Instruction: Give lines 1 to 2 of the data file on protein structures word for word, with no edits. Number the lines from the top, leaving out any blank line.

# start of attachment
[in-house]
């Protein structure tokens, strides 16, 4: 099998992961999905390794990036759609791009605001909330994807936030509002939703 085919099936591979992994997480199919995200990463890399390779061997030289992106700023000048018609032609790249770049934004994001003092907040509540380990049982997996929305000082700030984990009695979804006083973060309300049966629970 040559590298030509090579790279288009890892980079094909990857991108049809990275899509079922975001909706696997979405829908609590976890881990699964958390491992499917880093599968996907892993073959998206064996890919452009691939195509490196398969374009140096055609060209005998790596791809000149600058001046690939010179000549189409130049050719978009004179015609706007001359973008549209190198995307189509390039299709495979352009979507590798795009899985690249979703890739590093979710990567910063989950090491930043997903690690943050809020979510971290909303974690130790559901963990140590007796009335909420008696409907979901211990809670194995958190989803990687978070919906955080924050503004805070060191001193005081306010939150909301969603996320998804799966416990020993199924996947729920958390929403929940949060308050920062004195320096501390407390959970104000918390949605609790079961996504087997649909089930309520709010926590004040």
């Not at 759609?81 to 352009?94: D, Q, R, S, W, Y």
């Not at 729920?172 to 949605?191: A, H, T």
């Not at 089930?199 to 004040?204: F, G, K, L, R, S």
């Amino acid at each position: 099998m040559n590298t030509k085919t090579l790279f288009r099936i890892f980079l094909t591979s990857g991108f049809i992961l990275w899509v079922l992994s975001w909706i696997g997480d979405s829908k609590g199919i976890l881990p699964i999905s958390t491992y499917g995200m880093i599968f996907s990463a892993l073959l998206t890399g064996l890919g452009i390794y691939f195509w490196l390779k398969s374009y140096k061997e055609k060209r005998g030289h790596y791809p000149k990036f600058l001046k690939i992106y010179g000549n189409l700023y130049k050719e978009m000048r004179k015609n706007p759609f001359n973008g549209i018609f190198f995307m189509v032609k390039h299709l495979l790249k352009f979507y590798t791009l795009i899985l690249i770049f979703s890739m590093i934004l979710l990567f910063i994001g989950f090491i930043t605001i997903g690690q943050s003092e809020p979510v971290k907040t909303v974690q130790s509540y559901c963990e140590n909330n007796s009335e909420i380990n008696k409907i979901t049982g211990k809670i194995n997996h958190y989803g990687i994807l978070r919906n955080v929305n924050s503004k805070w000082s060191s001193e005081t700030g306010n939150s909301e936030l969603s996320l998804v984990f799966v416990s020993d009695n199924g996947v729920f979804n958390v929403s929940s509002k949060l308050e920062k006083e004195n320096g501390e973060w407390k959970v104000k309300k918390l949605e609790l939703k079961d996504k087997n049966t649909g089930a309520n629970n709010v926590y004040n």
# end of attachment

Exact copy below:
[in-house]
């Protein structure tokens, strides 16, 4: 099998992961999905390794990036759609791009605001909330994807936030509002939703 085919099936591979992994997480199919995200990463890399390779061997030289992106700023000048018609032609790249770049934004994001003092907040509540380990049982997996929305000082700030984990009695979804006083973060309300049966629970 040559590298030509090579790279288009890892980079094909990857991108049809990275899509079922975001909706696997979405829908609590976890881990699964958390491992499917880093599968996907892993073959998206064996890919452009691939195509490196398969374009140096055609060209005998790596791809000149600058001046690939010179000549189409130049050719978009004179015609706007001359973008549209190198995307189509390039299709495979352009979507590798795009899985690249979703890739590093979710990567910063989950090491930043997903690690943050809020979510971290909303974690130790559901963990140590007796009335909420008696409907979901211990809670194995958190989803990687978070919906955080924050503004805070060191001193005081306010939150909301969603996320998804799966416990020993199924996947729920958390929403929940949060308050920062004195320096501390407390959970104000918390949605609790079961996504087997649909089930309520709010926590004040």